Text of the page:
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For the GamesBeat Decides podcast this week, we kicked off a new monthly segment where we pick the best game of the month. January had some incredible new releases, and hosts Jeffrey Grubb and Mike Minotti talk about the big three during this episode.

You can listen to our discussion in the video above or in the full audio episode below. Scroll down to see our selection.

January 2018’s game of the month is … Celeste

Runners-up: Monster Hunter: World, Dragon Ball FighterZ


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That was one of the best opening months for a year ever. Dragon Ball FighterZ is an accessible and gorgeous fighter, and Monster Hunter: World‘s satisfying gameplay loop is catching on with mainstream gamers for the first time in its long history. But as the calendar clicked over to February, it was the difficult indie platformer Celeste that stood above everything else.

Celeste is the latest game from developer Matt Makes Games, which made the pixel brawler Towerfall for Ouya (ports hit other platforms). It has you playing as Madeline, a young girl who is climbing Celeste Mountain because … well, she doesn’t really know or explain when you start. But as you progress, you learn that she’s doing this because she hates a part of herself that is riddled with doubt and anxiety. You also learn that Celeste has some of the sharpest platforming in any game ever made.

Madeline has only a handful of moves. She can run, jump, climb, and dash. You get one dash early on, and you can only climb as long as your stamina meter holds out. Matt Makes Games throws one obstacle after another at you to keep things fresh despite a limited set of moves.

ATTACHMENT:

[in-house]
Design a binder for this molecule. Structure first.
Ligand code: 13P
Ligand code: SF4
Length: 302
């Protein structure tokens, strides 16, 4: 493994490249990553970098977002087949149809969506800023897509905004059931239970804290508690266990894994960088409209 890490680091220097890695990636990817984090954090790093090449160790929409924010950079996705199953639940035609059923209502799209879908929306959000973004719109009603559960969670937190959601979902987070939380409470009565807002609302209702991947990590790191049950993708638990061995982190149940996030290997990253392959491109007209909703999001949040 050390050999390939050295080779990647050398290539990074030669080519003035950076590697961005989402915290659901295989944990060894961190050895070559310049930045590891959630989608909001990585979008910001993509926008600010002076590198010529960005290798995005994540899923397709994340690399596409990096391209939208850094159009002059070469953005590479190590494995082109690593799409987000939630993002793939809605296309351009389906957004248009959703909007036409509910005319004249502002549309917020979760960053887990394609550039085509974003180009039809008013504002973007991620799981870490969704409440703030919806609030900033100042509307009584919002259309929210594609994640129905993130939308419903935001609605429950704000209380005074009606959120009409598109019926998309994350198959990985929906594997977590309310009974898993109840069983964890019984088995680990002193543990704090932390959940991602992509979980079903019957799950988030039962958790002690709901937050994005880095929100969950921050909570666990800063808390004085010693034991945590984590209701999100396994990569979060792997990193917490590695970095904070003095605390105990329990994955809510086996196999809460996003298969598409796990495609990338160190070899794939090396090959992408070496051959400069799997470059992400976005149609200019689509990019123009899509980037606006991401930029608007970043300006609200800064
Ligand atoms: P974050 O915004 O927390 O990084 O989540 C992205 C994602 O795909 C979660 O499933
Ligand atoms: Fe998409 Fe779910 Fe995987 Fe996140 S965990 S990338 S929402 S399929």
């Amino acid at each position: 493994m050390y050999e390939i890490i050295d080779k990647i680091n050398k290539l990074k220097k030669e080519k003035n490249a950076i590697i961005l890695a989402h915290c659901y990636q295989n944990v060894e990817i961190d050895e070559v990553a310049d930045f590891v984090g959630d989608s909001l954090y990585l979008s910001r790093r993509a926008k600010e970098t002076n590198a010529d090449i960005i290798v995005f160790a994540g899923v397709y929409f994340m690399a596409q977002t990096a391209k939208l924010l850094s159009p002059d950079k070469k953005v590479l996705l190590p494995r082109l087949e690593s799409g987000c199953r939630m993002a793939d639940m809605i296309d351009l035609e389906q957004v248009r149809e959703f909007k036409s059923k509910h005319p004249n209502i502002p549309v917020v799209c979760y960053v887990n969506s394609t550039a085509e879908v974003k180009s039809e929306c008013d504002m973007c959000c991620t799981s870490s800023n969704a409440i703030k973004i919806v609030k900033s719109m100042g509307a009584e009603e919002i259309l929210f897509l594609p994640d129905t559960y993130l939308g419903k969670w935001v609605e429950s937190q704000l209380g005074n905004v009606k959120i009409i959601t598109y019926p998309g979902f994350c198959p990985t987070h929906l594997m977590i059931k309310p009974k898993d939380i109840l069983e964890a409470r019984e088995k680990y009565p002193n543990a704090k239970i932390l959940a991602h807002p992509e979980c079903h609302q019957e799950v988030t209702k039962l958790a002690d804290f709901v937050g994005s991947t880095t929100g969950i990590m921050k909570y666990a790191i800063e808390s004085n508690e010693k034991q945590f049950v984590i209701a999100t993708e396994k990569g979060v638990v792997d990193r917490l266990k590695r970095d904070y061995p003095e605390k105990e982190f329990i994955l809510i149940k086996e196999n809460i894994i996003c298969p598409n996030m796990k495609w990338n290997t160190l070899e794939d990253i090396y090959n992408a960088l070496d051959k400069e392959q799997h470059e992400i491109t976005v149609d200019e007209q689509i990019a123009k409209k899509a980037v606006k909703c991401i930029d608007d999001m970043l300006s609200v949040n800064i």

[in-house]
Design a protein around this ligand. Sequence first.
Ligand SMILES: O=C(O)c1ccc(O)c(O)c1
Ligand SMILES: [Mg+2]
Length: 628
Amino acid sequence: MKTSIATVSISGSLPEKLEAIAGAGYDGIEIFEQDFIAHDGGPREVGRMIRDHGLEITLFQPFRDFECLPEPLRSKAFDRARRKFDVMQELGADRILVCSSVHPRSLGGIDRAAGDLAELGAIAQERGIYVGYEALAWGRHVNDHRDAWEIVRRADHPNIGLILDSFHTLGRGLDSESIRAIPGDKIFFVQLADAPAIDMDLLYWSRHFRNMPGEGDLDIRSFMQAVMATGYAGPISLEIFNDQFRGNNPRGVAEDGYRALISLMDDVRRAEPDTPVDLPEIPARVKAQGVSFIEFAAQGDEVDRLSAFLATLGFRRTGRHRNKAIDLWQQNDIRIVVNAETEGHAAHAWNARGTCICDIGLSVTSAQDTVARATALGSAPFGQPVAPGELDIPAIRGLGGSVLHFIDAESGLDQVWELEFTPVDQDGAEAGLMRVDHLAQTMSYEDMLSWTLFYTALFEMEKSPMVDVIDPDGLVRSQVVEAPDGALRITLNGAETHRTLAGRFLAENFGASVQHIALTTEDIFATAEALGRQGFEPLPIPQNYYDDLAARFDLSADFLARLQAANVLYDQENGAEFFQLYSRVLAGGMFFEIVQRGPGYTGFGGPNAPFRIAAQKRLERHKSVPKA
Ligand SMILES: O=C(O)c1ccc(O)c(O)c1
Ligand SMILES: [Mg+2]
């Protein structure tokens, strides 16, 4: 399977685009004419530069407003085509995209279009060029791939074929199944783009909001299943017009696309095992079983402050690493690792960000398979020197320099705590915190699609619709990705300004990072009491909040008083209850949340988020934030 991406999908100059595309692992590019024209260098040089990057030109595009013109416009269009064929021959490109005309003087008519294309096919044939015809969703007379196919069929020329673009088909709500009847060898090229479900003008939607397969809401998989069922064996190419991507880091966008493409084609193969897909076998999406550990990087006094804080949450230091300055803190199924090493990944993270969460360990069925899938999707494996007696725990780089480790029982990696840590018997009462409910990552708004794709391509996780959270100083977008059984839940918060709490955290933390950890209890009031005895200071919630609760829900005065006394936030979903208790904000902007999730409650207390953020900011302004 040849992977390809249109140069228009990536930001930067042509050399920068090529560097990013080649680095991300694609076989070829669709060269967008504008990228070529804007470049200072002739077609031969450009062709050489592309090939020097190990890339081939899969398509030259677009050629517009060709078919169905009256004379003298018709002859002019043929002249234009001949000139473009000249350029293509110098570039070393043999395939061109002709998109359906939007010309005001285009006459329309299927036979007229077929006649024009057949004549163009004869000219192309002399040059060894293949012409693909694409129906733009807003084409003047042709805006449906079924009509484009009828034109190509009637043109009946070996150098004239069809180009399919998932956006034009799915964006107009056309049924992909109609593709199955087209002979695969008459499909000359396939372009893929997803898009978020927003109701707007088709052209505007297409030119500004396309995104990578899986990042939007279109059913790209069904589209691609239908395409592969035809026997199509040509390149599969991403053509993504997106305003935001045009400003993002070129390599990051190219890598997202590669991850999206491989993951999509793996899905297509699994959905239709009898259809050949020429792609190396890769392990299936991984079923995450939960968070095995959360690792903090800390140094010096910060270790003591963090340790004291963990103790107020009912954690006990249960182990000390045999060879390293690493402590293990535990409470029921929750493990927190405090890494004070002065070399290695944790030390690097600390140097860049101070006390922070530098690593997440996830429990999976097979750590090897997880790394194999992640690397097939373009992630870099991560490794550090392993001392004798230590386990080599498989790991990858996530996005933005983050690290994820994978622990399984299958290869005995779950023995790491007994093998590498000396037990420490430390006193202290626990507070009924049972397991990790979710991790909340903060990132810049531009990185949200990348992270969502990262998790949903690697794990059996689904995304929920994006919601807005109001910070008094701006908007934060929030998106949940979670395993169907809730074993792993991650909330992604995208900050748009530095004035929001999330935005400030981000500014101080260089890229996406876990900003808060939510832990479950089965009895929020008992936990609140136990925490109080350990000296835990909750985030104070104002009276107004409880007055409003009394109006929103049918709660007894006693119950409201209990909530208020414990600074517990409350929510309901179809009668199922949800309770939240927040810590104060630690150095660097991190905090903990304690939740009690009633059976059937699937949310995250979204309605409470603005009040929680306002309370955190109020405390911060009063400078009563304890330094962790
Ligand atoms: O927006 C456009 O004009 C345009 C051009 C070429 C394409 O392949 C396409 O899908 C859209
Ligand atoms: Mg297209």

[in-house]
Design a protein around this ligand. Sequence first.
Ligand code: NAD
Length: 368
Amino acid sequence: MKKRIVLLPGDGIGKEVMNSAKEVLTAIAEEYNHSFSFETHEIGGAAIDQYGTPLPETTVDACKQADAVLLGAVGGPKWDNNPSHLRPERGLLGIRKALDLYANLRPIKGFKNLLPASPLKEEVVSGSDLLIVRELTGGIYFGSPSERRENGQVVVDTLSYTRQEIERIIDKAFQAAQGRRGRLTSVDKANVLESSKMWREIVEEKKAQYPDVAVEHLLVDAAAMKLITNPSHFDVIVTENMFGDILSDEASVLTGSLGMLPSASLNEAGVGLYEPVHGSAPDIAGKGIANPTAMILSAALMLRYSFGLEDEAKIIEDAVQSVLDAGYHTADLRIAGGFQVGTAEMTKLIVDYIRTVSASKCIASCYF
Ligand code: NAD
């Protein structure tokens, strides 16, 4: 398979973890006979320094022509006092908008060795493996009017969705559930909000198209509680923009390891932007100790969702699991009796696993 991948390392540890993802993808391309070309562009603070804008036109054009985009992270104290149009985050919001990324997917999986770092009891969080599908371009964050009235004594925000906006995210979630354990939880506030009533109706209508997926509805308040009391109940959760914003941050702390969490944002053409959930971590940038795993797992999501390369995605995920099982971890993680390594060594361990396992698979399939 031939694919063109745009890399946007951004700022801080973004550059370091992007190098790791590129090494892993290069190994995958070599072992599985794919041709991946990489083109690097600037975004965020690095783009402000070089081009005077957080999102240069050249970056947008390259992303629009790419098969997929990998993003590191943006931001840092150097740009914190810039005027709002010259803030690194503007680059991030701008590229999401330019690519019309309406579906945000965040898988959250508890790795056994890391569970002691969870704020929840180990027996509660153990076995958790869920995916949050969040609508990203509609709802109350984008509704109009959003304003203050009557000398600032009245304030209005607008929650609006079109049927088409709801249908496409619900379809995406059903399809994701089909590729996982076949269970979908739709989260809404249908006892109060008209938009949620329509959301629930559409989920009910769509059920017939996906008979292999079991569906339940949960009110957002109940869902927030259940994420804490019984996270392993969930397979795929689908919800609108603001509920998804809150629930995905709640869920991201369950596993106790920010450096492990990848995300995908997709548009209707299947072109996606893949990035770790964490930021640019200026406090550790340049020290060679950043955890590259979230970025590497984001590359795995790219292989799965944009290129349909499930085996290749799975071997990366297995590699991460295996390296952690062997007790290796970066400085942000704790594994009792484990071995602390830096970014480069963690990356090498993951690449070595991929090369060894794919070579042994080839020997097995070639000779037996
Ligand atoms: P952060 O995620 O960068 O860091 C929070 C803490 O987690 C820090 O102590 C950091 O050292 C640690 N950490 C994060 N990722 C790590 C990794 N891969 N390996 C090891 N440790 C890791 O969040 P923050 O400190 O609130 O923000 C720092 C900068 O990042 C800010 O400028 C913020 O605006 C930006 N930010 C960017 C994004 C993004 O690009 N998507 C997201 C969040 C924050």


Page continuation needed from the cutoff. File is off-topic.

The studio built each world around a new platform or powerup that augments Madeline’s capabilities. In one stage, you might discover platforms that respond to your dashes that enable you to build up a lot of momentum. Another world may have turning into a ball of light that can fly around freely for a few seconds.

But while everything around Madeline is changing, one thing remains constant: the difficulty. Every room in every stage is challenging. And that means you constantly feel accomplished as you progress. Of course, the game is so hard that it might turn off some people, so Matt Makes Games made an assist mode that lets you change how Celeste works. You can add infinite dashes or slow down time or turn the spikes into harmless bouncy springs. So I can enjoy the game as it’s intended (and scream in frustration in the process), and others can also enjoy it but on their own terms.

Celeste is special. The gameplay is tight and delightful, the story is thoughtful, and it is visually striking. This is easily the best game of January.

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